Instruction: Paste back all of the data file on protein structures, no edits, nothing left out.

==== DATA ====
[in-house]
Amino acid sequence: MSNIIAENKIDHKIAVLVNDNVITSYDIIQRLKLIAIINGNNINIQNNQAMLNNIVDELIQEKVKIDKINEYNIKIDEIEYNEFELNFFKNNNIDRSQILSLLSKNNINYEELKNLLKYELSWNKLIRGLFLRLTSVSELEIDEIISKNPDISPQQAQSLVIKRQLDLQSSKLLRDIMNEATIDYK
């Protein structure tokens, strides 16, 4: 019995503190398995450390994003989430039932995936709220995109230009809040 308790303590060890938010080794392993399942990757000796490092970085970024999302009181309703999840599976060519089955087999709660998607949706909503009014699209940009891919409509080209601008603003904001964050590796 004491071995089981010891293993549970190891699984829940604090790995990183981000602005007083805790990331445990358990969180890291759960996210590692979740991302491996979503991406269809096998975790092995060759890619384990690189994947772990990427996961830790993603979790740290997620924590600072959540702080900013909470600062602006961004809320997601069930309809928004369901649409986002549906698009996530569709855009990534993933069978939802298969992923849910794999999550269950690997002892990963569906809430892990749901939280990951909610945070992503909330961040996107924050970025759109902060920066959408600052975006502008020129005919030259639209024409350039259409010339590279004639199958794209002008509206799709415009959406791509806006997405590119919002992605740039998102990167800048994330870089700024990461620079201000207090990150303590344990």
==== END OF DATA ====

[in-house]
Amino acid sequence: MSNIIAENKIDHKIAVLVNDNVITSYDIIQRLKLIAIINGNNINIQNNQAMLNNIVDELIQEKVKIDKINEYNIKIDEIEYNEFELNFFKNNNIDRSQILSLLSKNNINYEELKNLLKYELSWNKLIRGLFLRLTSVSELEIDEIISKNPDISPQQAQSLVIKRQLDLQSSKLLRDIMNEATIDYK
């Protein structure tokens, strides 16, 4: 019995503190398995450390994003989430039932995936709220995109230009809040 308790303590060890938010080794392993399942990757000796490092970085970024999302009181309703999840599976060519089955087999709660998607949706909503009014699209940009891919409509080209601008603003904001964050590796 004491071995089981010891293993549970190891699984829940604090790995990183981000602005007083805790990331445990358990969180890291759960996210590692979740991302491996979503991406269809096998975790092995060759890619384990690189994947772990990427996961830790993603979790740290997620924590600072959540702080900013909470600062602006961004809320997601069930309809928004369901649409986002549906698009996530569709855009990534993933069978939802298969992923849910794999999550269950690997002892990963569906809430892990749901939280990951909610945070992503909330961040996107924050970025759109902060920066959408600052975006502008020129005919030259639209024409350039259409010339590279004639199958794209002008509206799709415009959406791509806006997405590119919002992605740039998102990167800048994330870089700024990461620079201000207090990150303590344990």